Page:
Presenter: I think the best thing is you just talked about decentralization. We just about changing those other laws that there. That the president has to appoint, has the power to appoint Superintendent and other county officials.

You want the citizens to elect?

Presenter: I want the citizen to have saying in those that going to lead them to be part of the selection process. They should not be there and people just come and say look I am appointed as superintendent of this county. But I think they have to go through and amendment and referendums and so forth so are waiting.

So in the absence of that the citizens, civil society can not create an awareness and check the gross activities to make sure for example the superintendent is appointed by the president?

Presenter: that's what we been doing that what I just said. These are some of the things that will lead us to court and we are engaging, the accountability...from funds that we collected. We asked for you know democratic...` in the county and some time they said that we are not one to ask them. You know we are not the one to make to be where they are

But they are right.

Presenter: that is what we are saying, so we are calling for change now.

I think apart from calling for change, your change seems to subject that there needs to be a referendum to change the constitution. That is for the future. I am talking about the situation that is already on hand. You have the superintendent who is appointed by the president and that is a given that is fight there is nothing you can do about it and that of us. But the people believes that the superintendent is going beyond what they expect, he's not leading up to the term. He is not accountable to the people. He doesn't care for the people. So what do the people do should they sit and wait for referendum that will come in the next ten to fifteen years?

Presenter: Counselor Verdier, I just said it, our people they are still in the dark when it comes to this thing of engaging. When it come to coming up in a bold manner and say look. This thing you're doing, we going to rise up and we're going to come up with a petition. We going to take this issue up. People don't have that mind yet. The concept was yet to be bought by our people. So what we can do is to go back to the local for instance my institution, the LDI, we just finished with a, we just gone through with a sponsor program from UNDP it has to do with promoting local government and civil society participation. And which we went all over this county.... And also we are in the processes now and other program we have on hand is this forest governance. You know we get to get down to the people and explain to them the new foresting laws. The certified way, the certified version in simple English, and reduce it in writing and explain it to them and if we read. If any company come, with superintendent. They will say no we should be the one to say to them, not you. And so to avoid further confrontation and so forth you have to go back to our people and our people are the one now going to take the lead in deciding for themselves. So that we are doing through sensitization, town hall meeting and some other interactive forum that the people will be aware of their own you know undertakings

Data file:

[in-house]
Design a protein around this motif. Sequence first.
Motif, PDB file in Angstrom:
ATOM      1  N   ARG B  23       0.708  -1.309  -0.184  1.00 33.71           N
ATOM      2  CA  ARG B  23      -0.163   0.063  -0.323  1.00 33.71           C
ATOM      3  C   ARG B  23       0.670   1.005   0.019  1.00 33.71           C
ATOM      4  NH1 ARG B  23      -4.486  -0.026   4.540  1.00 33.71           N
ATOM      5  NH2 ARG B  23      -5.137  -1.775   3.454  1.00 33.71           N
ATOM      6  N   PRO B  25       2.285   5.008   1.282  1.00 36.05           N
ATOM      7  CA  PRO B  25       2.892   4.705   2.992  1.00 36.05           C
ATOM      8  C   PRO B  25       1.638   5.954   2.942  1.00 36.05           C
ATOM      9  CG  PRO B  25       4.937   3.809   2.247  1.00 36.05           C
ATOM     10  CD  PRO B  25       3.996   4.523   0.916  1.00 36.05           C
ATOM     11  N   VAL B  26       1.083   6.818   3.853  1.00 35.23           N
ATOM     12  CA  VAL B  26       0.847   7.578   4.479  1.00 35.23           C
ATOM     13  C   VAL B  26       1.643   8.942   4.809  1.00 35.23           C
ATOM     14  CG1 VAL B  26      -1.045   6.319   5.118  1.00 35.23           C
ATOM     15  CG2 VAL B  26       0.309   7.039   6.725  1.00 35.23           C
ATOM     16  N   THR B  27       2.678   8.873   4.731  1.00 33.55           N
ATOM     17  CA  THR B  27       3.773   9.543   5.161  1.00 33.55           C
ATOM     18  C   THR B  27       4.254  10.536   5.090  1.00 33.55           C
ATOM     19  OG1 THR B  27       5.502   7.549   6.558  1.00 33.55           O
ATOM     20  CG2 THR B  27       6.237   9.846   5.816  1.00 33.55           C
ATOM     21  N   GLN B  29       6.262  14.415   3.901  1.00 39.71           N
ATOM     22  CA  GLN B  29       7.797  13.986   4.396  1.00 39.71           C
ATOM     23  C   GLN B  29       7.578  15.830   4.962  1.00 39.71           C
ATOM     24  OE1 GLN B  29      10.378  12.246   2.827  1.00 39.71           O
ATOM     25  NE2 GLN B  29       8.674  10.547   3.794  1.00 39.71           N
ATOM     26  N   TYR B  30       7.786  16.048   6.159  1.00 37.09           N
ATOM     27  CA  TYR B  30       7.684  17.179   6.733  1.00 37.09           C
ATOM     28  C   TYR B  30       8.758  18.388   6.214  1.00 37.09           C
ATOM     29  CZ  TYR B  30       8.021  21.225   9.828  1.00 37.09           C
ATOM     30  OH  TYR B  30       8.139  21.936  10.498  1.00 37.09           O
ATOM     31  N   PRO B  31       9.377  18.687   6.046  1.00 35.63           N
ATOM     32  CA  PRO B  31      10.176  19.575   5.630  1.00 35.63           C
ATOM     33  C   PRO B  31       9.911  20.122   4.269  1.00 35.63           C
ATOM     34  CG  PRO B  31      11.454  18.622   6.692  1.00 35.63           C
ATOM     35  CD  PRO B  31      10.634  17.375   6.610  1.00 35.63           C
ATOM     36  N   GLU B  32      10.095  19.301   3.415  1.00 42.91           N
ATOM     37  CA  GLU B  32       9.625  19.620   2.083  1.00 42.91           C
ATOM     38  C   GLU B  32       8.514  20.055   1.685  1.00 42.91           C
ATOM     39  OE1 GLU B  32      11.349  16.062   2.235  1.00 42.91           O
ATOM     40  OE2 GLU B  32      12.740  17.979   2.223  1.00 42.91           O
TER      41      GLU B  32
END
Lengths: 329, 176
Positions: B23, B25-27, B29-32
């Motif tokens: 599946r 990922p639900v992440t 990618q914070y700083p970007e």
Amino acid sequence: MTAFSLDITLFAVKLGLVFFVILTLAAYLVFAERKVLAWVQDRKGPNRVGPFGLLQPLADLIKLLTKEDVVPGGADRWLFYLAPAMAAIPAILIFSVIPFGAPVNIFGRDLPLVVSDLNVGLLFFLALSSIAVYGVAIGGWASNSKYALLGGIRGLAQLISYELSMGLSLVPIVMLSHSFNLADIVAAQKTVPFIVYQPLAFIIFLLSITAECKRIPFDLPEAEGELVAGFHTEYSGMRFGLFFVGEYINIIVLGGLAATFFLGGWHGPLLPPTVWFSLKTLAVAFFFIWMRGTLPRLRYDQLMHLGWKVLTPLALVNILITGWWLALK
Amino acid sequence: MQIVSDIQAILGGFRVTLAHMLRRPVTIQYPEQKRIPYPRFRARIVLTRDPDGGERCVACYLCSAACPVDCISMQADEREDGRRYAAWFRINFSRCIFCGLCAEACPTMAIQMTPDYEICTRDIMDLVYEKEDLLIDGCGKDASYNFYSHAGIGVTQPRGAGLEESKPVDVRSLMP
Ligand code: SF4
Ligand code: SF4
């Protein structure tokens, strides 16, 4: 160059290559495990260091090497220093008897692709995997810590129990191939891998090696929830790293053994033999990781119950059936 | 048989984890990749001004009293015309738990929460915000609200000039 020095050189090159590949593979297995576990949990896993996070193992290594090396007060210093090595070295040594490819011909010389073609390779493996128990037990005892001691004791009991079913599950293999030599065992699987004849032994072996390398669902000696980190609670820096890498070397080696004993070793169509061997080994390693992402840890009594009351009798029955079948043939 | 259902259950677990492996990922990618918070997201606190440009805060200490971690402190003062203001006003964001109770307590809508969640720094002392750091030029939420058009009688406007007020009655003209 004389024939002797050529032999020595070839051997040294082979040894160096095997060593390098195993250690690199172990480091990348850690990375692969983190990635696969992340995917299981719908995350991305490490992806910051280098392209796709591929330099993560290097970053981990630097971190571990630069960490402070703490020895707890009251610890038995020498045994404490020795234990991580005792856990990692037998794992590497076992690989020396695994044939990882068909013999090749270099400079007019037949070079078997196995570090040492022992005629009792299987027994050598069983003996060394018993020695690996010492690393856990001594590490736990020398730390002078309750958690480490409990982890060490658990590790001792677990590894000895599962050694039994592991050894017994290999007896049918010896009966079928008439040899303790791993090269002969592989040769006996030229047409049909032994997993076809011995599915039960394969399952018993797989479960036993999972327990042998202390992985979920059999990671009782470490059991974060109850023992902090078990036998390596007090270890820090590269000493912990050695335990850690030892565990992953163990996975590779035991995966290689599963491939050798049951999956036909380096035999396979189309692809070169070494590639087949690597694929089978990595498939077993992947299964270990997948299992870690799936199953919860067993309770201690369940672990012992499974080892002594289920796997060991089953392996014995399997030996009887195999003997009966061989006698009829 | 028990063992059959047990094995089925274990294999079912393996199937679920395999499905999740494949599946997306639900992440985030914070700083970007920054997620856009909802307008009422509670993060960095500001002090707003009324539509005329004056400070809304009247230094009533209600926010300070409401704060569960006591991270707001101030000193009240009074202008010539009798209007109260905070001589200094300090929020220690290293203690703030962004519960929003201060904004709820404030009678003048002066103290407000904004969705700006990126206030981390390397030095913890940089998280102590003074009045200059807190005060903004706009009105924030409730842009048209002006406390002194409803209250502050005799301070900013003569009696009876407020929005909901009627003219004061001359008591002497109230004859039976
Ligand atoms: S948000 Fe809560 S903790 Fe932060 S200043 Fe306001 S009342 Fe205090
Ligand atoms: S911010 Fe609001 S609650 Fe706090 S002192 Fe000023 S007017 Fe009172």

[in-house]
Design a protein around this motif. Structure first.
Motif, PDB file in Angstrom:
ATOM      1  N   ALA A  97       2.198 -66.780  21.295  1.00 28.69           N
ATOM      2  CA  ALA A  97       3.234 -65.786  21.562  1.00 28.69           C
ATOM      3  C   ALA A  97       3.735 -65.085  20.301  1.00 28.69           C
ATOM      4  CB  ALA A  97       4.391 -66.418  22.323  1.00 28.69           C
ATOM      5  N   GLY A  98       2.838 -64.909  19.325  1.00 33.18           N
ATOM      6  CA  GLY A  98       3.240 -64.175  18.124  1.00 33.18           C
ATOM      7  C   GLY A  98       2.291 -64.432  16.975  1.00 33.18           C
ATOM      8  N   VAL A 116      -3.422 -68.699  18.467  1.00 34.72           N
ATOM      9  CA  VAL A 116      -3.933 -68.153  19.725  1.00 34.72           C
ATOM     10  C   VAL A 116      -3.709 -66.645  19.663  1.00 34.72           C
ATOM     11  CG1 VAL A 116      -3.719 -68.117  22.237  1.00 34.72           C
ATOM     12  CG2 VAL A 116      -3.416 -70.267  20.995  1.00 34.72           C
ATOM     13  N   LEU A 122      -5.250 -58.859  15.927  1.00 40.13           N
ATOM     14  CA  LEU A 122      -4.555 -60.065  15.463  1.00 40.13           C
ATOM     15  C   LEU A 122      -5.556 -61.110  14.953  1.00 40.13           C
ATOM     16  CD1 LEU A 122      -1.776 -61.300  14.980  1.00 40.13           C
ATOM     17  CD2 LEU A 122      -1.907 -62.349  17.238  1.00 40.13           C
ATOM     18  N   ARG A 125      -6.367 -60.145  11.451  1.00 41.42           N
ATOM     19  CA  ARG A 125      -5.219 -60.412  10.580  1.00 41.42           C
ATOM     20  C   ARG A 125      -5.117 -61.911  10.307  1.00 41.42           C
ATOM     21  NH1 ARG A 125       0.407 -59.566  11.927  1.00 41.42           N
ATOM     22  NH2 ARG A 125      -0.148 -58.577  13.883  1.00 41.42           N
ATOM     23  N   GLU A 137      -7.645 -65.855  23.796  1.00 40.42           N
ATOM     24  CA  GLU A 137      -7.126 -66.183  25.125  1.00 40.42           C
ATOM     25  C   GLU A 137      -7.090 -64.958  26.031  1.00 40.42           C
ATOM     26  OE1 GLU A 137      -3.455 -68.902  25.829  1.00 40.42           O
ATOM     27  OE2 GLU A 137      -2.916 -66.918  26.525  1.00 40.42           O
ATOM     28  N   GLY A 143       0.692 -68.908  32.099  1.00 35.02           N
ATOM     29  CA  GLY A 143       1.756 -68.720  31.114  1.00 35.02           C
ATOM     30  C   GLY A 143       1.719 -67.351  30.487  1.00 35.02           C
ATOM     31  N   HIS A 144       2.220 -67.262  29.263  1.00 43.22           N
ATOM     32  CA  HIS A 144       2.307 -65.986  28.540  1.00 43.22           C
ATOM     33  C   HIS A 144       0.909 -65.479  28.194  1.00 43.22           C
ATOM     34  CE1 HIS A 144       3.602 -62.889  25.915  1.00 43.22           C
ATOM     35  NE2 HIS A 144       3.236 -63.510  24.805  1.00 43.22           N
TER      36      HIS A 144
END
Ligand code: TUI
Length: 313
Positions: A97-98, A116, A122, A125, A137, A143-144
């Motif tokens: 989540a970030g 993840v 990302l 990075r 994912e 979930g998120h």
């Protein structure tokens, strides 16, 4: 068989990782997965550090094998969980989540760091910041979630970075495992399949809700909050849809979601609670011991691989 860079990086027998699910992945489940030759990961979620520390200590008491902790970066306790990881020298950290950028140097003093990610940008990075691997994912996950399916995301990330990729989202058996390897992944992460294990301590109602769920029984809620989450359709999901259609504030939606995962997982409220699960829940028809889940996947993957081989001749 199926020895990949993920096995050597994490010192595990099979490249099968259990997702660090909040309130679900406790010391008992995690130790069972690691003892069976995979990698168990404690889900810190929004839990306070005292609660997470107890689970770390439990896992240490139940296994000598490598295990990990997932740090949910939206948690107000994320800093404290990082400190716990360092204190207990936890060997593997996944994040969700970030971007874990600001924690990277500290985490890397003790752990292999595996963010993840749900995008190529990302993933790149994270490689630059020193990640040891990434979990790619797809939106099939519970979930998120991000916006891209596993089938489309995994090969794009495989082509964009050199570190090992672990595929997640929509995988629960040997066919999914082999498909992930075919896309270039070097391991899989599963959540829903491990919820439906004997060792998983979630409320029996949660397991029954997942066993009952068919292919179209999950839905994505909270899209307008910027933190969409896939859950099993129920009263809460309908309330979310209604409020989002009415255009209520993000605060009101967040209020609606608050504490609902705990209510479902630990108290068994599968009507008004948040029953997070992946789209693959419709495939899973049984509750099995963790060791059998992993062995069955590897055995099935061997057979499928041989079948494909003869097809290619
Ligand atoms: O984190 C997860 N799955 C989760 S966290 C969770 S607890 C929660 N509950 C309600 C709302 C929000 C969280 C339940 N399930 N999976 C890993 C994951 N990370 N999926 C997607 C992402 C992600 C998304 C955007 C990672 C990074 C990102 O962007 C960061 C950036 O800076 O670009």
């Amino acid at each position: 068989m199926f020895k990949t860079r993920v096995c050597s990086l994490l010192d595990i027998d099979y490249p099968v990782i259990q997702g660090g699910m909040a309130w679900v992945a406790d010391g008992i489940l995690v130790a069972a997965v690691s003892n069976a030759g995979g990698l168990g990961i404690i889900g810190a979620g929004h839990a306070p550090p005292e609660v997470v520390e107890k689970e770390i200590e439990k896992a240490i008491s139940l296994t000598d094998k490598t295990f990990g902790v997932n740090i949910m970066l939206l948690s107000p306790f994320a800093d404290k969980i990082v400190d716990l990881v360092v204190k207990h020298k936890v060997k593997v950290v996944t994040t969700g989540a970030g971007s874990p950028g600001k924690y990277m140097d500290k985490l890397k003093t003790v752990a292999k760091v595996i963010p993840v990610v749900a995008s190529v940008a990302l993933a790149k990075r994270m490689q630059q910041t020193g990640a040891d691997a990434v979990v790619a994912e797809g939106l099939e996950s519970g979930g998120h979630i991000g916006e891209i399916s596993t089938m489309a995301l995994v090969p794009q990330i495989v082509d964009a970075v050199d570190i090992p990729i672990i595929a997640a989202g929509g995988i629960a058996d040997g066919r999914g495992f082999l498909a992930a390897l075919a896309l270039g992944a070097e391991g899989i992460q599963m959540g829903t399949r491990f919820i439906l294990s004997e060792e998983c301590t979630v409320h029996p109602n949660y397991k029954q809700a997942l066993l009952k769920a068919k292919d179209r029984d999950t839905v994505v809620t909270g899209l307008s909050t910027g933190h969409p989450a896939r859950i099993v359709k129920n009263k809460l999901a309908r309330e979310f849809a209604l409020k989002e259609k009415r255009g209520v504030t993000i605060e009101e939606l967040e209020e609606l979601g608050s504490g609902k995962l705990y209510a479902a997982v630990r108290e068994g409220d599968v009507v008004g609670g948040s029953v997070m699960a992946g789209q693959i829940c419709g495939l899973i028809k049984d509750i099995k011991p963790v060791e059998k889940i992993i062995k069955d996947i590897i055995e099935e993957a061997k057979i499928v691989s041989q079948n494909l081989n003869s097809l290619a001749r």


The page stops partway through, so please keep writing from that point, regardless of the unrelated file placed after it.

This brings me to the roles of the civil society and our present issue for us to think about the root causes of the problems that face us. You can say basically what the TRC is doing by trying to find out what is the real problem. Because I don't think that if the problem persists. That if the citizens elect the superintendent today I don't think it will change. For example you say the people are backward their minds are darken to those things. Our entire legislatures are elected by the people. So to speak, is there any difference in accountability or even the representative, senator is conscious to their people. Just about the time the representative and senators were have their agriculture break. That when we were going around the country. And beside Nimba and Grand Gedeh, most of where we went representatives weren't there. The Senators weren't there and so and the people are not putting pressure on them and say this is it. And everybody remains quiet until there is election or six months to election then a new whole thing starts and this post a lot of responsibility on civil society. With the issue of awareness and the education of our people there is a common believe where democracy will not success. If the civil society is not strong is not proactive. Is not itself understanding the issue and getting to the people. And the issue of accountability, we have to use the civil society any means possible. Instead of violence and antagonism to hold them accountable even the superintendent. Even the superintendent is appointed by the president. The superintendent know that he's governing people and need the support of the people to carry on his development projects. So people should have a way through engagement, through dialogue what ever it is. In making sure that their superintendent is really their superintendent. If the president say well submit a list...beware of the president that is of the president good will to say submit a list. The president is empowered by the constitution. I heard some people say that we should elect the superintendent. If you want to elect superintendent that is a different form of government that we have to put in place which will be the product of a debit for the next ten to fifteen years. And whether we want to change our government we want to bring prime minister or bring in federacy or all of that. That is a new argument. But I am saying civil society is and has a very very important role to play. Maybe you want to elaborate on this, or so, of what civil society has being doing. , Yes especially the TRC process how has civil society position itself to assist with the TRC process? The process is very, very vital because it takes into considerations all the past experience of victims, and apart from the experiences of victims, these institutions are functioning and how we can make them more responsive to the needs of the people.